Anti-inflammatory creams or ointments can be massaged into the affected site several times a day. This promotes recovery.


Orthopaedic insoles (for example, igli Allround and igli Allround Light) spread the pressure over the whole tread surface area at every step. They support the arch of the foot and correct the individual position of the foot.


Massages ease muscular tension and relieve pain. Experienced physiotherapists can relax the muscles with just a few massage strokes and increase the circulation.

Treatment should be adapted to each patient individually to suit his special needs and the exact clinical picture. Patients with postural problems are advised to consult an osteopath.

The "Patella tip syndrome" guide – download

All-in-one physiotherapy programme for patella tip syndrome

Besides the single-leg squats on a 25° decline board described above, further exercises can be done to stabilise the knee joint and strengthen the patellar ligament in the long term. medi has joined Dr Matthias Marquardt, sports doctor and active sportsman, to compile a training programme. It contains eleven exercises, including the single most important exercise described above, that can be done quickly and simply at home. In the videos, Dr Matthias Marquardt teams up with the professional triathlete and physiotherapist Laura Philipp to show how the exercises are done correctly – ideally three times a week.

Please ask your doctor first whether the exercises are suitable for you.


Exercises on the stabilisation pad are perfect for developing balance and coordination skills. Do these barefoot. Thanks to the soft foam material, you sink into the mat a little and have to compensate for the resulting instability. This improves proprioceptive skills (proprioception = awareness of the body in space) and strengthens the deeper muscles.

Standing on one leg


Mini knee bend


A dynamic exercise consists of two different movement phases: the eccentric and the concentric phase.

During the concentric (take-off phase, positive-dynamic) phase, a resistance is overcome. In the case of single-leg squats, this would be the knee straightening movement, during which the body weight is pushed upwards. The muscle – in this case the thigh muscle – shortens. The origin and the insertion of the muscle move closer together during the movement. Concentric movements are also often called positive movements.

During the eccentric (relaxing, negative-dynamic) phase, the muscles give way to gravity. In the case of single-leg squats, this would be the knee bending movement, during which the body weight is slowed down (deceleration movement). The muscle – in this case the thigh muscle – is stretched. The origin and the insertion of the muscle move further apart. The muscles stretch under the load. Eccentric movements are also often called negative movements.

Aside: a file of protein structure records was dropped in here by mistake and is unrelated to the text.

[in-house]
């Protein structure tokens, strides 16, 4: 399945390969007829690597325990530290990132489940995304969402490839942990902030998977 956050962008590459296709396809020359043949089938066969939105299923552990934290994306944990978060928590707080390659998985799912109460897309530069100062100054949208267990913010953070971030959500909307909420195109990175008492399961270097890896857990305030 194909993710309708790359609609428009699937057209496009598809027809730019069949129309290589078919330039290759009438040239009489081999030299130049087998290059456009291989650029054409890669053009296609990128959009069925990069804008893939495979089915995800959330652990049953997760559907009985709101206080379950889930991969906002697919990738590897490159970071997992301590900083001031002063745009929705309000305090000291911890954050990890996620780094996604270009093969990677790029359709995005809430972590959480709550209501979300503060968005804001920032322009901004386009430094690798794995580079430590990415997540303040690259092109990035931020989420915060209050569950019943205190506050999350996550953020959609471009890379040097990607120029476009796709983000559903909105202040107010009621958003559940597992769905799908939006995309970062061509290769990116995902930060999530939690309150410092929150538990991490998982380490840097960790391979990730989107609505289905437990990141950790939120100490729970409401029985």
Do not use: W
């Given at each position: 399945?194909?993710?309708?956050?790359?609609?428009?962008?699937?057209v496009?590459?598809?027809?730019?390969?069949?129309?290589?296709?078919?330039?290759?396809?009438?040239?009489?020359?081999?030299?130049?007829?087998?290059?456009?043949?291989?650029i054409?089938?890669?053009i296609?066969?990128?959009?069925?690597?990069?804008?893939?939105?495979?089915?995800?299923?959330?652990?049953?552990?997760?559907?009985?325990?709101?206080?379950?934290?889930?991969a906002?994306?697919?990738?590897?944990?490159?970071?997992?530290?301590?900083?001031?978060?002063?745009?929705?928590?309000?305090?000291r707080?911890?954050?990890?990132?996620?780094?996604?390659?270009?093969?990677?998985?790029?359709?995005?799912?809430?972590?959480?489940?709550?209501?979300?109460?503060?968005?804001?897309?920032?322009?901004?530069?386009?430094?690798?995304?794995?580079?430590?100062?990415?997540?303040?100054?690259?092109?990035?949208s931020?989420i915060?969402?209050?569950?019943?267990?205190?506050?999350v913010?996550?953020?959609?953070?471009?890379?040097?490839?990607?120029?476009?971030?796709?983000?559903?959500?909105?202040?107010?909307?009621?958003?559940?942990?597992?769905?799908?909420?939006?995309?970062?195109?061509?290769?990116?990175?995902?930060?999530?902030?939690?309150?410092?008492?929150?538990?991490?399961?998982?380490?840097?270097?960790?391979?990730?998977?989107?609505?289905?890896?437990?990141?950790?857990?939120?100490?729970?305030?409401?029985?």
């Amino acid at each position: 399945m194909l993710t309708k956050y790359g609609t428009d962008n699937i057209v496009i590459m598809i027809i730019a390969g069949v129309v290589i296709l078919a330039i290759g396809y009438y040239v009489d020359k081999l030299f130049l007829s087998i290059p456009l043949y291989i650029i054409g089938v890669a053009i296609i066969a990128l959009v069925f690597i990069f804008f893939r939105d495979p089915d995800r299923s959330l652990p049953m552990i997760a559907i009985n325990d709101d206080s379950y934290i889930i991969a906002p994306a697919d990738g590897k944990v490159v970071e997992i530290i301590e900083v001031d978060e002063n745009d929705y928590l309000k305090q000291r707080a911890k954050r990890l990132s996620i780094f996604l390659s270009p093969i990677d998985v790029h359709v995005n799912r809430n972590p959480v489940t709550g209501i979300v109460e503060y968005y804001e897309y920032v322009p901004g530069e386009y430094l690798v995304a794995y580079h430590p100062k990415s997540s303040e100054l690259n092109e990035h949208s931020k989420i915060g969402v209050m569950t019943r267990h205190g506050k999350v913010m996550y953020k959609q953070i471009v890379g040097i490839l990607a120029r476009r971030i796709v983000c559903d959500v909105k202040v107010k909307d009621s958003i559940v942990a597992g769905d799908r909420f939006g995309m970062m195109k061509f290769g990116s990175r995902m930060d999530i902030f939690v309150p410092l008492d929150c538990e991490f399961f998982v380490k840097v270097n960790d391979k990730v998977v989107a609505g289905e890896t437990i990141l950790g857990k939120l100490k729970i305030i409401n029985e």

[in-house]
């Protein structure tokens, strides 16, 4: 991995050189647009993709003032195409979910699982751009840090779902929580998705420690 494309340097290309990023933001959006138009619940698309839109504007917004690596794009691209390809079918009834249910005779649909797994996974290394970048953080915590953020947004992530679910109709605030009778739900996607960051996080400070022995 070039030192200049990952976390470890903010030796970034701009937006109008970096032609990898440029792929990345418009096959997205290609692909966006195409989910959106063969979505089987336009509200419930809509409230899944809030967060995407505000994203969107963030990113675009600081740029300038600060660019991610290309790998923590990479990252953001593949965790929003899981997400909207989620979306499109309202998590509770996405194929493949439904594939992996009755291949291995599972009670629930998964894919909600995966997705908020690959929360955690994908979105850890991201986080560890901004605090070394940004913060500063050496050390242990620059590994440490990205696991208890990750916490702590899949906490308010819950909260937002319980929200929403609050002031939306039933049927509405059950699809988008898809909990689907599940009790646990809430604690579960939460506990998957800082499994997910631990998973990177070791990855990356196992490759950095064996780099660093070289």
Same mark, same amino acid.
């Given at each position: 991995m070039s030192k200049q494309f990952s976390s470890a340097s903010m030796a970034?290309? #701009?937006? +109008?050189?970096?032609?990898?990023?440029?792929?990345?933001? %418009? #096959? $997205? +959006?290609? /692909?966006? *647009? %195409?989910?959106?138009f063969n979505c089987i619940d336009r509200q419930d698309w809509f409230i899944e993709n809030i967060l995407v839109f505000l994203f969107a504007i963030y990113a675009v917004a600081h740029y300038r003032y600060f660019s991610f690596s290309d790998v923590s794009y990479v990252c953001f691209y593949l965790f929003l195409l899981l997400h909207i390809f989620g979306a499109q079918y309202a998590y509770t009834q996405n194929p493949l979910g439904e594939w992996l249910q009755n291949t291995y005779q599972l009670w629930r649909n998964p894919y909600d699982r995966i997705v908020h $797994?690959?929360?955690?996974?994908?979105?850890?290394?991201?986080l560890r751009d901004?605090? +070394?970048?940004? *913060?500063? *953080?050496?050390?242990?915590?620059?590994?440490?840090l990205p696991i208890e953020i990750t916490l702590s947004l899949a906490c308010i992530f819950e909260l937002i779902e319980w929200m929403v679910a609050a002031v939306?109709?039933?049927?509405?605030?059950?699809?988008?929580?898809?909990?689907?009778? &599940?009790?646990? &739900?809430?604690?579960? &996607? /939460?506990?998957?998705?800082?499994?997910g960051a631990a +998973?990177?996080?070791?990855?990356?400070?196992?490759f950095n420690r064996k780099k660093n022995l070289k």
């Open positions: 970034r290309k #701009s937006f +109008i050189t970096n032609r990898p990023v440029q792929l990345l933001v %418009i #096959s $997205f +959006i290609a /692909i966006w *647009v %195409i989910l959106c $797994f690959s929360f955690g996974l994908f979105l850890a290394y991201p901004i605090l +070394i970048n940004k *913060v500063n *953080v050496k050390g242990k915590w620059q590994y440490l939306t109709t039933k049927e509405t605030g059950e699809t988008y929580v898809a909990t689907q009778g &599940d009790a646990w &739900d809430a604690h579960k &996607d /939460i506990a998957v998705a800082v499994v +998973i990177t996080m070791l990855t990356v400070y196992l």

Doing eccentric exercises has proved to be particularly successful in the treatment of patella tip syndrome.

Single-leg knee exercises

Single-leg knee bend with decline board


Lunge with decline board


Calf raise

Stretching & fascia training

Stretching and fascia training can ease the tension on the painful patellar ligament. Fasciae are connective tissue structures that surround and stabilise the muscles. A fascia roller stimulates the circulation to the tissues to improve tissue tone.

Iliopsoas muscle

Front of the thigh

Thigh rolling

Calf rolling

Supports from medi

medi has developed the knee support Genumedi PSS for conservative therapy of patellar tendinopathy. It combines the tried-and-tested properties of a support with the additional benefit of a patellar support strap: the support safely and reliably guides and stabilises the knee joint and relieves tension on the insertions of the patellar ligament.

Click here for more information about medi's Genumedi PSS knee support.

Click here for an overview of all topics covering diagnosis and treatment


Show sources

1 The term "runner's knee" is often also used as a synonym for the iliotibial band syndrome (ITBS) or iliotibial tract friction syndrome. ITBS is considered the most common cause of pain over the outside of the knee. It occurs predominantly in long distance runners. The iliotibial tract is a fibrous band. It runs from the anterior superior iliac spine on the front of the pelvis over the hip joint and the knee joint to the outer border of the tibia. Due to the constant flexion and extension of the knee joint when running, the tract rubs against the epicondyle of the thigh – like a rope over the edge of a rock – and this irritates the fibrous band and thus leads to ITBS.

2 Roels et al., 1978

3 Eccentric training means loading a muscle or a tendon by slowing down a weight or a resistance.